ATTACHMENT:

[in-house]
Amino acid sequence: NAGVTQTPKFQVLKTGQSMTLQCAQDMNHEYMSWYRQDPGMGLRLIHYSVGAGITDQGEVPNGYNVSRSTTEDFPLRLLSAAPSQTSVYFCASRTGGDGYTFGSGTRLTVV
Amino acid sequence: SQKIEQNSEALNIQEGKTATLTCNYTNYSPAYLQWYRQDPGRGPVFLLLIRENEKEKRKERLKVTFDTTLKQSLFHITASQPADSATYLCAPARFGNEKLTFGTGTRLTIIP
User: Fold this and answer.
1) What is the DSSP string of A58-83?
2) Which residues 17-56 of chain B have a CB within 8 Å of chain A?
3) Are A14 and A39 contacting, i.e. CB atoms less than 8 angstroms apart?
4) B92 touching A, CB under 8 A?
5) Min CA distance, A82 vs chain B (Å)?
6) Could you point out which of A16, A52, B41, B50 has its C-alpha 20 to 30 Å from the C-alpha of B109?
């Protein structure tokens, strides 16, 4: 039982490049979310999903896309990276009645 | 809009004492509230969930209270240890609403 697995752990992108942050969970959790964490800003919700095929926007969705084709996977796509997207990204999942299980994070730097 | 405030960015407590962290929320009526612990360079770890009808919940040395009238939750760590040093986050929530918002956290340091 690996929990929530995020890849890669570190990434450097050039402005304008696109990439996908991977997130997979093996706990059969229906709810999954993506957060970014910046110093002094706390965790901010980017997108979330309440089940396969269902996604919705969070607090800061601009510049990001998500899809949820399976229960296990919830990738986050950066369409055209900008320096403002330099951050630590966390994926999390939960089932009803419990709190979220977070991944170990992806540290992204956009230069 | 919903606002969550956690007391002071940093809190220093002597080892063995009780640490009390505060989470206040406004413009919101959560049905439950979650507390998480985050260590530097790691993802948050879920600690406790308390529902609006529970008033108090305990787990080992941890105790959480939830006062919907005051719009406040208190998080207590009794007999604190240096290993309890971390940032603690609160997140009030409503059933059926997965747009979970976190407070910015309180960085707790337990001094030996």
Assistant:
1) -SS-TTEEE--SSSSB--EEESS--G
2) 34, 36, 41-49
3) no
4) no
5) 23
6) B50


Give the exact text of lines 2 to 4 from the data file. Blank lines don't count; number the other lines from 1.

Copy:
Amino acid sequence: NAGVTQTPKFQVLKTGQSMTLQCAQDMNHEYMSWYRQDPGMGLRLIHYSVGAGITDQGEVPNGYNVSRSTTEDFPLRLLSAAPSQTSVYFCASRTGGDGYTFGSGTRLTVV
Amino acid sequence: SQKIEQNSEALNIQEGKTATLTCNYTNYSPAYLQWYRQDPGRGPVFLLLIRENEKEKRKERLKVTFDTTLKQSLFHITASQPADSATYLCAPARFGNEKLTFGTGTRLTIIP
User: Fold this and answer.